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M. Chevreul's New-Year's-Day.—M. Chevreul, who was a hundred and two years old on the 31st of August last, had a happy New-Year. According to an authentic account of his present daily life, given in "La Nature," he awakes at five o'clock in the morning, and is served a few minutes afterward with a warm broth, which he takes with a relish. While resting in bed he reads the papers, and then receives a few visits, particularly one from his preparateur, M. Arnaud. At eleven o'clock, still in bed, he takes a plentiful breakfast of soup, meat, and café au lait, with much bread and butter. At one he rises, dresses, and is ready to take the air for two hours. Conducted by his faithful coachman, Joseph, who has been in his service for twenty years, he often drives to the Monceau Park; but his favorite excursion is to the Eiffel Tower. Returning at five o'clock, he takes a glass of milk and goes to bed. He dines in bed at seven o'clock, with a good appetite, drinking nothing but water. After dinner, he sleeps soundly; and when M. Arnaud asks him in the morning, as he always does, if he has enjoyed a good night's rest, he replies that he has never had any other kind. M. Chevreul is living with his son, and enjoys the devoted and intelligent care of his old servant Denise, who has been with him for fifty years.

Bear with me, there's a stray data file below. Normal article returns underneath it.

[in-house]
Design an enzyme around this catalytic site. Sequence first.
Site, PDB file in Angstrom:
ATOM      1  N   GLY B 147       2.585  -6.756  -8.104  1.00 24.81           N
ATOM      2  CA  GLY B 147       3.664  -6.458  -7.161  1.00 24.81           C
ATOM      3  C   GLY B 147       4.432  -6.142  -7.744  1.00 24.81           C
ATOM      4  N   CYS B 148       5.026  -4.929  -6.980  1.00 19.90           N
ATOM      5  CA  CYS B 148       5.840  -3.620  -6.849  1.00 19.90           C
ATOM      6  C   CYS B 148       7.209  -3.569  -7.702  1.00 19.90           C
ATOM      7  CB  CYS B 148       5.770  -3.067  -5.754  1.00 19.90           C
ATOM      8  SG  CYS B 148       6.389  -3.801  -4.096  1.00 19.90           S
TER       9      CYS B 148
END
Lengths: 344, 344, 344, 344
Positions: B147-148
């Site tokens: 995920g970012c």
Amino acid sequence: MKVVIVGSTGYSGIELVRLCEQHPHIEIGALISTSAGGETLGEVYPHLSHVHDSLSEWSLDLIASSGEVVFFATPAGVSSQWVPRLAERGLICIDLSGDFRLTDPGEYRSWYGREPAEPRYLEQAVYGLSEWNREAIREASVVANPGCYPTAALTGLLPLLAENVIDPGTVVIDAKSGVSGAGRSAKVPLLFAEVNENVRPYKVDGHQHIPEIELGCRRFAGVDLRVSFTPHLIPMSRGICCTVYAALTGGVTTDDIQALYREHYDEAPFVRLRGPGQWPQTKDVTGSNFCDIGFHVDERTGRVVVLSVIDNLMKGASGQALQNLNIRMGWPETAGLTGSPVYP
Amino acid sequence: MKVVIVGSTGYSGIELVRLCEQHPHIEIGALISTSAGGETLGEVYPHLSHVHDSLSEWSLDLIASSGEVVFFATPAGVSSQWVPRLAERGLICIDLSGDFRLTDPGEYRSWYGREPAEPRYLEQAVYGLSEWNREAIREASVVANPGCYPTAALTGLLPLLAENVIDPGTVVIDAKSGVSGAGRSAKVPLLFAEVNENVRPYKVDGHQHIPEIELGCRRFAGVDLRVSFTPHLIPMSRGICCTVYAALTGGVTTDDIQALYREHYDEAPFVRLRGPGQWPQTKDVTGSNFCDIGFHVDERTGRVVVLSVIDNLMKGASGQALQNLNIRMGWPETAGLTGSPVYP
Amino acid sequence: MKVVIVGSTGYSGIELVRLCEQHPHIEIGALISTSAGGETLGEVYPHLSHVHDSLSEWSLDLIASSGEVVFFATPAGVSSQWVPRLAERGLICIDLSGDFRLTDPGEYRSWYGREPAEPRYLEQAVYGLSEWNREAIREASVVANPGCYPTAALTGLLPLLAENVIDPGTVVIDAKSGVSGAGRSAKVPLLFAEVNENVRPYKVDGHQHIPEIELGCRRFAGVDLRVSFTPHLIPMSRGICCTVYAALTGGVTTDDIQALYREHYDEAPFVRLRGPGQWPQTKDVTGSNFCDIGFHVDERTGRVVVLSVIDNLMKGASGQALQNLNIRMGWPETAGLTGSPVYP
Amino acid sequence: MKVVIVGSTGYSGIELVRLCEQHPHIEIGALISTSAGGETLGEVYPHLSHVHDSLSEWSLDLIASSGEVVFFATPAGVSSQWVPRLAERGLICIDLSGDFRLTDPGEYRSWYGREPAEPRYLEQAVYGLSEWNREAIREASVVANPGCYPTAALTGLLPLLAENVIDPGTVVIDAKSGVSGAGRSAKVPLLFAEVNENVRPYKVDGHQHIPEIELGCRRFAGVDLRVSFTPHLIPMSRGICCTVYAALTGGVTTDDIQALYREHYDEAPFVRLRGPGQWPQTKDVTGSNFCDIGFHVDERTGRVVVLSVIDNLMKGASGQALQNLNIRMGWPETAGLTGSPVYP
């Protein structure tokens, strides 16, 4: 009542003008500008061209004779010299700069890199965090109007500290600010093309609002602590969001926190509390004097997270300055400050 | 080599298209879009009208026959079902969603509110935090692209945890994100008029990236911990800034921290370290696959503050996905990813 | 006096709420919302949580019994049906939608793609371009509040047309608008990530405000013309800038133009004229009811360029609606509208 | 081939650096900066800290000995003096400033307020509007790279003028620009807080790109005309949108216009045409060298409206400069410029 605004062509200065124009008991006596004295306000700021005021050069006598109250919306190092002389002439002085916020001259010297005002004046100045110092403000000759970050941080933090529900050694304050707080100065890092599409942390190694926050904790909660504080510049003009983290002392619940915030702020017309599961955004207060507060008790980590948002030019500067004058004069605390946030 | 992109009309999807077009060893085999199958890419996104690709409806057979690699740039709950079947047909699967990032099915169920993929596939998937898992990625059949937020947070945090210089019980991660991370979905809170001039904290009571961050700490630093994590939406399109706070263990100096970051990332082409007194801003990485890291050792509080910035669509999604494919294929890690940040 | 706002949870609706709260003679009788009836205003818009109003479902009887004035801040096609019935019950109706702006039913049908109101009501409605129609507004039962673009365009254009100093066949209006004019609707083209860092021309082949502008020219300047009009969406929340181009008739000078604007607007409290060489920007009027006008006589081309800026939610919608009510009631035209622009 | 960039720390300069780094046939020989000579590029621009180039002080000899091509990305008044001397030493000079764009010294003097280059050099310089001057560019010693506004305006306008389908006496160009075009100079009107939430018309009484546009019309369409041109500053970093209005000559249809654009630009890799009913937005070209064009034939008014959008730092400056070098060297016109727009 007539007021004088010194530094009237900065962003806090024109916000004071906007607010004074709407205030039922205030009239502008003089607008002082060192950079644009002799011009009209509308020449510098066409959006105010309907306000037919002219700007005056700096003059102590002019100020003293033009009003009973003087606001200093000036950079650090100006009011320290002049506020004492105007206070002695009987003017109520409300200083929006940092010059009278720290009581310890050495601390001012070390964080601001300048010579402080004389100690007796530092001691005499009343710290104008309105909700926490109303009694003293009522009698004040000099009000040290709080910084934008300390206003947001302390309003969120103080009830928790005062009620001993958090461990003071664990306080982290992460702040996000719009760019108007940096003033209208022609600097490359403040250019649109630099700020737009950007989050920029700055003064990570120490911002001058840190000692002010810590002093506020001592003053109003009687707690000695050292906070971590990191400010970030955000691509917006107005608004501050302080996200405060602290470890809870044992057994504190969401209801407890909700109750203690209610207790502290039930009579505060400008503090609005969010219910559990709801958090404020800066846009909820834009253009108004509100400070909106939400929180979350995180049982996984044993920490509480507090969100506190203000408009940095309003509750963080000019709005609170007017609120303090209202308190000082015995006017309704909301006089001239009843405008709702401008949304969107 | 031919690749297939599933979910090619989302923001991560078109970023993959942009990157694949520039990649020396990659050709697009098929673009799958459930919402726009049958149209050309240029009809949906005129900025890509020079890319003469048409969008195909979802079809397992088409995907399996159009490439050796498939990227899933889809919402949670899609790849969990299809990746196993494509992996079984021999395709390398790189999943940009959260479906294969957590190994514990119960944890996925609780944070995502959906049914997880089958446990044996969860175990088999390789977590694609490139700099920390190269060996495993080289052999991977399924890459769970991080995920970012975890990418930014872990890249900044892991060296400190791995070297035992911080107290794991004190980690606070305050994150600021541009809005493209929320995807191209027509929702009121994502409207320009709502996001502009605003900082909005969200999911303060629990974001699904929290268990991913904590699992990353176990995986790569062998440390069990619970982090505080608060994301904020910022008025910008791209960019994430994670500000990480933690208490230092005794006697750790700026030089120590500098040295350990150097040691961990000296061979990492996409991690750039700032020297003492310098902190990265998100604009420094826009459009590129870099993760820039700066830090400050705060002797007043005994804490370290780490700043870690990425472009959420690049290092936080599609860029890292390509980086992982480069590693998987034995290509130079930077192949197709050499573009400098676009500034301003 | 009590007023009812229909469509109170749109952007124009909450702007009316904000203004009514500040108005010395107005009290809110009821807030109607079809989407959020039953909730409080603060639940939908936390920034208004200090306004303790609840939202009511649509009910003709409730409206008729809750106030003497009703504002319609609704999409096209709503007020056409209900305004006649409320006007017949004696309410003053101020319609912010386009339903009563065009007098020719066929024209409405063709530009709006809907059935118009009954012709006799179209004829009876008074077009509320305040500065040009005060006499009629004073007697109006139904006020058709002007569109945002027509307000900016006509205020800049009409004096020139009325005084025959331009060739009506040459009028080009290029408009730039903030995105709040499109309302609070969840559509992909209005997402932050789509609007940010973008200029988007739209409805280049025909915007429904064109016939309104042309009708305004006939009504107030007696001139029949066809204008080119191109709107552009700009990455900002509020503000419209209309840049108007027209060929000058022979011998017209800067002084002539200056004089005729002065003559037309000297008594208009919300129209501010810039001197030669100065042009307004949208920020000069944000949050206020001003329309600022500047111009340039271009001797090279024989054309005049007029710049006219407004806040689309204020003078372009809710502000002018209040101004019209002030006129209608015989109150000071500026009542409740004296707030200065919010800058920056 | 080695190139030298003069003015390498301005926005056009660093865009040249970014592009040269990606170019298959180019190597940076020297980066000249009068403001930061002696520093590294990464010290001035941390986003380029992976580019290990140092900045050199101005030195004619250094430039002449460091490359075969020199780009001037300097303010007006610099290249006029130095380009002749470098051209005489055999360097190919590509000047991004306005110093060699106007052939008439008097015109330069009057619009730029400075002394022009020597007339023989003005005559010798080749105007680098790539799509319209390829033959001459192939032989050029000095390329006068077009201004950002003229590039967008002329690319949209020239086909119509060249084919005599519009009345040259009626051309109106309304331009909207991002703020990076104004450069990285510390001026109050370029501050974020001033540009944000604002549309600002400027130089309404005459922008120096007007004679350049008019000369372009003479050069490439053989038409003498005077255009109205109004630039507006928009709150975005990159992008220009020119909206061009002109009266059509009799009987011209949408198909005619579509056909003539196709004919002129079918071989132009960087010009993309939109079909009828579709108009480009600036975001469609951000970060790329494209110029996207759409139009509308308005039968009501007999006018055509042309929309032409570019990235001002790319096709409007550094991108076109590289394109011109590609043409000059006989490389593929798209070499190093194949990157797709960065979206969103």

The Australasian Association.—The first meeting of the Australasian Association for the Advancement of Science was held at Sydney, beginning August 28th, under the presidency of Prof. Black. About eight hundred and fifty members were present, and one hundred and ten papers were sent in. One of the topics discussed in the presidential address was the place of chemistry in education. The accounts of the sectional meetings are scanty. We find mentioned in the Chemical Section, the papers of Mr. Dixon, on "The Formation of Coal," in which the different qualities of the mineral were ascribed to different kinds of vegetable matter of which it is composed; of Mr. Smith, on "Butterine," which was well spoken of; of Mr. Mingaye, on the "Discovery of Tellurium in Certain Bismuth Ores" in New South Wales; of Mr. Edgar Hall, on "Silver Smelting," etc., which was exceedingly well received; of Mr. W. Skey and Mr. Don on "Gold" in the Australian reefs; and of Mr. J. H. Maiden, on the "Chemistry of Indigenous Australian Products." The formation of this association was suggested in 1879, begun in 1884, and completed at this meeting, which was held in connection with the one hundredth anniversary of the foundation of the colony of New South Wales; and was most actively promoted by Prof. Liversidge. The scheme of its organization has been so arranged as to make it truly representative of all the Australian colonies. Each learned or scientific society may have one representative in the Council for every hundred of its members. The Presidents of the Royal Societies of the several colonies are among the vice-presidents. The presidents of sections were all selected from other colonies than New South Wales, while the secretaries were, of course, residents of the place of meeting, Sydney. It is understood that the meetings are to be held in rotation